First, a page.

3 Manufacturing Presidents Advocate for Key Job Creating Program at Minnesota Legislature
Three manufacturing presidents made compelling cases to Minnesota legislators to continue the state’s popular Growth Acceleration Program (GAP), a matching grant that enables small manufacturing companies to access business improvement services.
Don VanderMey of Floe International, McGregor, Brandon Anderson of Von Ruden, Buffalo, and Traci Tapani of Wyoming Machine, Stacy, spoke to legislators Jan 31.
Since its inception in 2008 GAP has helped more than 245 Minnesota manufacturers create or retain 1,700 jobs and realize a $15 return for every $1 spent by GAP. On average, companies have realized as much as a $40 to $1 return on GAP.
VanderMey said GAP funding helped increase efficiencies and profitability in its company by reducing wastes through lean methodology. “I’ve become a bigger believer in how GAP helps companies,” said VanderMey. “Lean transformed our organization in a big way and GAP made that possible.” The company manufactures aluminum docks, boat lifts and trailers.
He said increasing efficiencies helped the company’s per employee revenue increase from $85,000 to $224,000. “There’s a pretty good chance we wouldn’t be here if we hadn’t engaged with what Enterprise Minnesota’s training led us to,” he said.
At Von Ruden, GAP helped net a $60-to-$1 return on the state’s investment in 2012 and a $85-to-$1 return in 2013. “Going forward, we think we can exceed that,” Anderson said. “GAP is a tremendous resource for the Minnesota communities and employees that depend on the economic security that these manufacturers provide.” Von Ruden manufactures and distributes hydraulic motors, gear boxes, brakes and hydraulics.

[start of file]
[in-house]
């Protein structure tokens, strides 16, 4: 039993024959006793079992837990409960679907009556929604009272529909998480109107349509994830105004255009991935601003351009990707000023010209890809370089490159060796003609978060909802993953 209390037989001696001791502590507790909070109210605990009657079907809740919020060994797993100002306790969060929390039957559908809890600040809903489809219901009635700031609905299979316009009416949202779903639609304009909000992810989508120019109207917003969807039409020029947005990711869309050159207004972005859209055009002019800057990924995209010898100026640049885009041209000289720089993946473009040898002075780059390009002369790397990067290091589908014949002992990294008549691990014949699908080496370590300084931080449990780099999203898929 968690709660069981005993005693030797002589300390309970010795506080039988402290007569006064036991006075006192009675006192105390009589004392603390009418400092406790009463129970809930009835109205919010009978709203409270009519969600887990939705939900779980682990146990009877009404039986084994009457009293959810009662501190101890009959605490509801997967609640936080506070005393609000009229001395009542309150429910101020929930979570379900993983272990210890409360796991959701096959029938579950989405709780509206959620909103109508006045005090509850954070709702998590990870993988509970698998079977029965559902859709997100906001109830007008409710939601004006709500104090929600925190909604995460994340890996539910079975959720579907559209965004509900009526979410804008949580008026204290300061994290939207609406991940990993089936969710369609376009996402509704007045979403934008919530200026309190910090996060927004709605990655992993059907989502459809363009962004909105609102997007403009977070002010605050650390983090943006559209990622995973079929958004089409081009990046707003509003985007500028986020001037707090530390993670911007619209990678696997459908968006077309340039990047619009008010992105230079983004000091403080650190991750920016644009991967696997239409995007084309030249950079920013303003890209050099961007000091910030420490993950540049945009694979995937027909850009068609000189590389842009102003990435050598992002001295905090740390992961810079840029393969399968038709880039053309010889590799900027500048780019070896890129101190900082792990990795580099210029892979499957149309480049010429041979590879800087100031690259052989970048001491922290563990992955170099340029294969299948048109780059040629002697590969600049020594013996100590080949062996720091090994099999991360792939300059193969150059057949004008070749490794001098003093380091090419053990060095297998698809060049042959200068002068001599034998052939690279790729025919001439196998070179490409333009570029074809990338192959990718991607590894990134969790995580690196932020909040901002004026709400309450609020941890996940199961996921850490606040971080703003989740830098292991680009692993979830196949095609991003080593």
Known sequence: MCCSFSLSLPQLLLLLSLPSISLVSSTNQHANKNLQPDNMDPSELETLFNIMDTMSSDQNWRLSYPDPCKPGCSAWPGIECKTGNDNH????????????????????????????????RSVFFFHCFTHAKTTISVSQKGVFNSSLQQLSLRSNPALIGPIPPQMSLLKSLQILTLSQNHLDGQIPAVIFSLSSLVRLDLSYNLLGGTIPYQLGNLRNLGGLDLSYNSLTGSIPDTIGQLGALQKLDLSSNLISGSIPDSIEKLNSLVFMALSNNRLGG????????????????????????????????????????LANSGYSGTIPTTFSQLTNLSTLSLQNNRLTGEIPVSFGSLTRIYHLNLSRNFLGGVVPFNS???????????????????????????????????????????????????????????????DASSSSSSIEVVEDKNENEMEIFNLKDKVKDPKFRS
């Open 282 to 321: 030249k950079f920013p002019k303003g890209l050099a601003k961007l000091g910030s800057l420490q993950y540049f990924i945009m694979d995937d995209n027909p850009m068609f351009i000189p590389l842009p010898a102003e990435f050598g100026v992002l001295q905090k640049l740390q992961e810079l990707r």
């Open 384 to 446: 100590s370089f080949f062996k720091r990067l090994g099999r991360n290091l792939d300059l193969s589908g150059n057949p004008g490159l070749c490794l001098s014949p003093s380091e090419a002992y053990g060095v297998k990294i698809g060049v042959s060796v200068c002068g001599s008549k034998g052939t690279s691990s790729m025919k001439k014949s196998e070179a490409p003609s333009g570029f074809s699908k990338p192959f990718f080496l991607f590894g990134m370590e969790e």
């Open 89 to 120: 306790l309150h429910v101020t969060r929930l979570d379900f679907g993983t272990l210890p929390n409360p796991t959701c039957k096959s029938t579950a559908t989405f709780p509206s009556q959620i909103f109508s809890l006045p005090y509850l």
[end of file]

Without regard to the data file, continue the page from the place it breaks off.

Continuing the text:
Tapani said GAP helped Wyoming Machine develop strategic and marketing plans to find new clients, grow revenues and make continuous improvements. She said after the first year of receiving the GAP investment, the company’s sales revenues increased 10 percent and profit margins increased two percent. In addition, the company maintained its 55 employees and hired three more people last year. “GAP helped us feel confident about our plan for improvements and growth,” she said. Wyoming Machine offers precision metal fabrication solutions to a variety of industries.
“Clearly this is a program that works,” said Bob Kill, president and CEO of Enterprise Minnesota. “GAP shows how a small investment can produce huge results for manufacturers, their employees and Minnesota’s economy.”
Representative Tim Mahoney, St. Paul, who chaired the House committee that heard Anderson’s testimony, shared his enthusiasm. “It’s easy to support something that works so well,” Rep. Mahoney said. “And the best part is that it’s easy to document the program’s success.”
Enterprise Minnesota administers GAP and the Department of Employment and Economic Development (DEED) is the fiscal agent. Enterprise Minnesota is seeking $3 million to continue GAP for the 2014-15 Biennium.
Currently, manufacturing or manufacturing related service companies with fewer than 250 employees are eligible for GAP funding.
Manufacturing represents one in seven jobs in Minnesota. Each manufacturing job supports another 1.3 jobs elsewhere in the economy or 800,000 jobs in the state, a total of 29 percent of the workforce.
Enterprise Minnesota consults with medium size and smaller manufacturing companies to help them compete and grow profitably. It also serves as the “voice of manufacturing” to raise the industry’s profile as a sophisticated economic driver of Minnesota’s economy. The organization is Minnesota’s affiliate of the national Manufacturing Extension Partnership (MEP) program